Polish Moon Ride illuminates South Side neighborhoods, businesses
To some, the four-sided clock on the near South Side is called the Allen-Bradley or Rockwell Automation clock tower, but to many Milwaukeeans, it is fondly nicknamed The Polish Moon.
In celebration of community, local business, biking and one of the city's most recognizable structures, the Wisconsin Bike Fed will host a Polish Moon Bike Ride on Friday, Aug. 22.
"Our ride begins and ends in what is probably Milwaukee's hottest new neighborhood, Walker's Point, where the Polish Moon is always full," says organizer and deputy director of the Bike Fed, Dave Schlabowske.
The 11-mile ride will tour Lincoln Village, Mitchell Street, Clark Square, Layton Boulevard West, Menomonee Valley and the new Freshwater Way.
"This is not a pub crawl and there are no stops, but the group will ride slowly – with police support front and back – so even people who are not comfortable riding in traffic can enjoy this route," says Schlabowske.
The ride officially starts at 8 p.m. from Anodyne, 224 W. Bruce St., but riders are invited to show up as early as 6 p.m. for a block party featuring grilled sausages (courtesy of Ben's Cycle), a taco truck and samples from Purple Door Ice Cream, Wayward Kitchen and La Merenda.
A polka-playing accordionist will perform during the ride from the back of an electric cargo bike provided by Coast In Bikes.
The ride ends at the same locale and the party will continue with live music and beverages from Anodyne Coffee Roasting Company, Central Standard Craft Distillery and Milwaukee Brewing Company.
The block party will end around 11:30 p.m. followed by a post-party ride to Kochanski's Concertina Bar, 1920 S. 37th St.
"For those who want to stay up late," says Schlabowske.
The cost is $35 per person or $25 for residents or anyone who works in the Walker's Point, Lincoln Village, Clarke Square, Mitchell Street, Silver City and the Menomonee Valley neighborhoods.
The tandem rate is $50, but kids ride free. There's also a special $25 rate for entire families who live in the afore-listed neighborhoods.
"The ride is family friendly, but should appeal to those who like a party," says Schlabowske.
The Polish Moon Ride is the first charity ride for the Wisconsin Bike Fed.
"We have been supporting rides to raise money for other organizations for years, but until the Polish Moon Ride, we didn't have a ride of our own," says Schlabowske. "We were a bicycle organization without a bicycle ride."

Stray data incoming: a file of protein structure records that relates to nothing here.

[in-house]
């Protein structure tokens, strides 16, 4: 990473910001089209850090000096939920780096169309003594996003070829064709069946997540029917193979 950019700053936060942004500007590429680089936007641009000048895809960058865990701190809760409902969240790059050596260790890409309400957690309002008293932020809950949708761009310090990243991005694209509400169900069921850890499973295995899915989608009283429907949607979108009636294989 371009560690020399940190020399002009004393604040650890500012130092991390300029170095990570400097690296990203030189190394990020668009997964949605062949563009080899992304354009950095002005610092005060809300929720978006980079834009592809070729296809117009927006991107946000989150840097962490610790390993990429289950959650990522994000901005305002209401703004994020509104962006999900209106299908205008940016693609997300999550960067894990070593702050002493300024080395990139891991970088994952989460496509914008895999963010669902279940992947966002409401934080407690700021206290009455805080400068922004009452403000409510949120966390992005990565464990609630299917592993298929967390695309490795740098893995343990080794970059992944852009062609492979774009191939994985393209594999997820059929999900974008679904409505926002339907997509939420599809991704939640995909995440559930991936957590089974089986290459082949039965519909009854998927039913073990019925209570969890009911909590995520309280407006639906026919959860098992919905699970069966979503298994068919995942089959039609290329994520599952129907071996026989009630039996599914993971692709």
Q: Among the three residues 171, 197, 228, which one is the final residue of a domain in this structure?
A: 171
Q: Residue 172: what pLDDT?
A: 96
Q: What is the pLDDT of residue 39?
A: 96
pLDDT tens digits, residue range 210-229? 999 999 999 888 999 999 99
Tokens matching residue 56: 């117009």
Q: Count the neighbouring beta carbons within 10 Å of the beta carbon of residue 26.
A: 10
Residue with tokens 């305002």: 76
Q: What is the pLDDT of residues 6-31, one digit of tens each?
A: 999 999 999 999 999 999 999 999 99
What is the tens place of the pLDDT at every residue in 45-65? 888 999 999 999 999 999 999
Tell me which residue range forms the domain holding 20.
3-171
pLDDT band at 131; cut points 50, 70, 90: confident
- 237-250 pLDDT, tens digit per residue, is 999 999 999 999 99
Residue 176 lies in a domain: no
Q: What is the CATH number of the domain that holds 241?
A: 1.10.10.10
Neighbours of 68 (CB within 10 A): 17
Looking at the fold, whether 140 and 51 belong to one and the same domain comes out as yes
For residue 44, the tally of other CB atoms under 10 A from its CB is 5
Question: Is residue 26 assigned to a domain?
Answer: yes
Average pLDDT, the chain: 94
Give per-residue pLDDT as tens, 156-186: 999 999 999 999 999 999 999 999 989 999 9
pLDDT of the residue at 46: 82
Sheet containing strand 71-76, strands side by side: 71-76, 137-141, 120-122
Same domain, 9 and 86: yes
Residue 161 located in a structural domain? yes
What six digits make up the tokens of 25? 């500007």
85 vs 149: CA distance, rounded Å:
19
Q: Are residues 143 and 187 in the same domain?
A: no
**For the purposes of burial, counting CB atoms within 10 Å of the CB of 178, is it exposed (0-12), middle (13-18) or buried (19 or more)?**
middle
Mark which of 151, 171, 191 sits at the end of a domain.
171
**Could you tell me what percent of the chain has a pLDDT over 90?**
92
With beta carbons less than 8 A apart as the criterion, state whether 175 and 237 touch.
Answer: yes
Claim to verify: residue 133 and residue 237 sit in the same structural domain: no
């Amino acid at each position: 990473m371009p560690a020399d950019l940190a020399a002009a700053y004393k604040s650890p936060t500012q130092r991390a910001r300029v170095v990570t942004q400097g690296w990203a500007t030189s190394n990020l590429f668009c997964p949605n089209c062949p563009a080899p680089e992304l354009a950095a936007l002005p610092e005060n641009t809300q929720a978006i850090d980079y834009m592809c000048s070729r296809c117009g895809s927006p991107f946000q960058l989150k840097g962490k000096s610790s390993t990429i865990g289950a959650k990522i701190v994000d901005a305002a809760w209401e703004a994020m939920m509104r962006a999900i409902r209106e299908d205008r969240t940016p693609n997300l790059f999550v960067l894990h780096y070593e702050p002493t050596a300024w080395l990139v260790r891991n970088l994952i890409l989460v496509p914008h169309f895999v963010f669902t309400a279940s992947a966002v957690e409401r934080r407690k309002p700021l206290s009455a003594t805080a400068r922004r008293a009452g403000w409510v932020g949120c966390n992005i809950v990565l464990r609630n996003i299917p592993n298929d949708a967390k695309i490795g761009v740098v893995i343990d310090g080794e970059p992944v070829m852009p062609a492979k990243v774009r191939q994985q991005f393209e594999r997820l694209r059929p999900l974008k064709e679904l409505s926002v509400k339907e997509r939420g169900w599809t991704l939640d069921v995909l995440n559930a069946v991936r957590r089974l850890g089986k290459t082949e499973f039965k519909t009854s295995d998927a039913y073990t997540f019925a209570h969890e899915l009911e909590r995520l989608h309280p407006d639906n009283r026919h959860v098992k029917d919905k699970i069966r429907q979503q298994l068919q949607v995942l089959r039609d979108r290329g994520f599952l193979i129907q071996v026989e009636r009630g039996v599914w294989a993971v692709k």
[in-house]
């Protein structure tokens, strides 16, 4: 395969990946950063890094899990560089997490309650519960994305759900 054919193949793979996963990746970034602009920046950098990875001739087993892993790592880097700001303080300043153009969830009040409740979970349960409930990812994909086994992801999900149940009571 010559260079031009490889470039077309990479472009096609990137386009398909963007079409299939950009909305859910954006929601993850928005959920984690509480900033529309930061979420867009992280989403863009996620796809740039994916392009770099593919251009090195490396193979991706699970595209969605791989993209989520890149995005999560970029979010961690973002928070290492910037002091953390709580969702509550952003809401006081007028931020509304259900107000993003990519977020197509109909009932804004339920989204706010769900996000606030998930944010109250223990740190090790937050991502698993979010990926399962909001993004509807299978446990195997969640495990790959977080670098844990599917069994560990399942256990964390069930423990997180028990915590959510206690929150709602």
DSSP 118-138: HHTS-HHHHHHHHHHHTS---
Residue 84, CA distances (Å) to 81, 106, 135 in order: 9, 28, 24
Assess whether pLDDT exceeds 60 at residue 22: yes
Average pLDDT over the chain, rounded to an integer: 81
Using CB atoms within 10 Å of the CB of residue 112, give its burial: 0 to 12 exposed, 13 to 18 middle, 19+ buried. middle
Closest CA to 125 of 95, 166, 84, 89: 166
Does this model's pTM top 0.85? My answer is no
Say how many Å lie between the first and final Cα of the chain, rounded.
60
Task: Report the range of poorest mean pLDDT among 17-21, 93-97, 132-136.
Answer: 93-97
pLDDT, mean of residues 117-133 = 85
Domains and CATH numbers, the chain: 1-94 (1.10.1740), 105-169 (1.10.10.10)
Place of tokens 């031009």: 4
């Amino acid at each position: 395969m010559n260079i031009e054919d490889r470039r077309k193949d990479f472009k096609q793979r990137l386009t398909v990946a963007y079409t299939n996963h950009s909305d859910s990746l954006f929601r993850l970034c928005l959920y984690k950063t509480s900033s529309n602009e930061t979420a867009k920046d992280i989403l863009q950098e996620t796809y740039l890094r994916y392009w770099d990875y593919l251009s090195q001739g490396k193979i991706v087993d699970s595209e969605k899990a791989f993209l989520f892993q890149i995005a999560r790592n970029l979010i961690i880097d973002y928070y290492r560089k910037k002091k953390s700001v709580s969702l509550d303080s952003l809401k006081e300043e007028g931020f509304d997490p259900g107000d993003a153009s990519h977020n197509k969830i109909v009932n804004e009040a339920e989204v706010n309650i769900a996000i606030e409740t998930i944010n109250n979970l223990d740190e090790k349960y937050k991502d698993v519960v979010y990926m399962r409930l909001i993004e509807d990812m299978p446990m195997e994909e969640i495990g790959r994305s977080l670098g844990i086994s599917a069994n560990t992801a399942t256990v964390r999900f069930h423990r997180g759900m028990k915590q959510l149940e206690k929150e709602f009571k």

The goal of the group was to create an urban night tour of Milwaukee's Polish neighborhoods with "a taste of Latino flavor."
While the ride is intended to raise money for the Wisconsin Bike Fed, a secondary goal is to unite the near South Side neighborhoods and introduce people to businesses, new and old.
"While there are so many great new businesses going in, there are also so many cool existing businesses we hope to raise awareness about, too," says Schlabowske.
14 years ago, Schlabowske started the Santa Cycle Rampage with seven friends. The event now attracts 300-700 people. He hopes to attract 100-150 riders for the first year of the Polish Moon Ride.
"Three hundred people would be amazing," he says.
Partners and sponsors of the event include 88Nine Radio Milwaukee, Anodyne Coffee, Ben's Cycle /Milwaukee Bicycle Company, Coast In Bikes, Fix Development, Kochanski's Concertina Beer Hall, Layton Boulevard West Neighborhood Association, Milwaukee Brewing Company, Purple Door Ice Cream, Urban Milwaukee and Wayward Kitchen and Bar.
"We initially wanted to involve all the area businesses in Walker's Point, but this first year we're starting a little small," says Schlabowske.
Juli Kaufmann of Fix Development is a sponsor of the event.
"I jumped on as the first sponsor because this ride is everything I love: bikes, night rides, music, south side neighborhoods, family friendly fun, inclusive, affordable and supportive of local business," says Kaufmann. "What's not to love?"
Register here for the Polish Moon Ride and Block Party.
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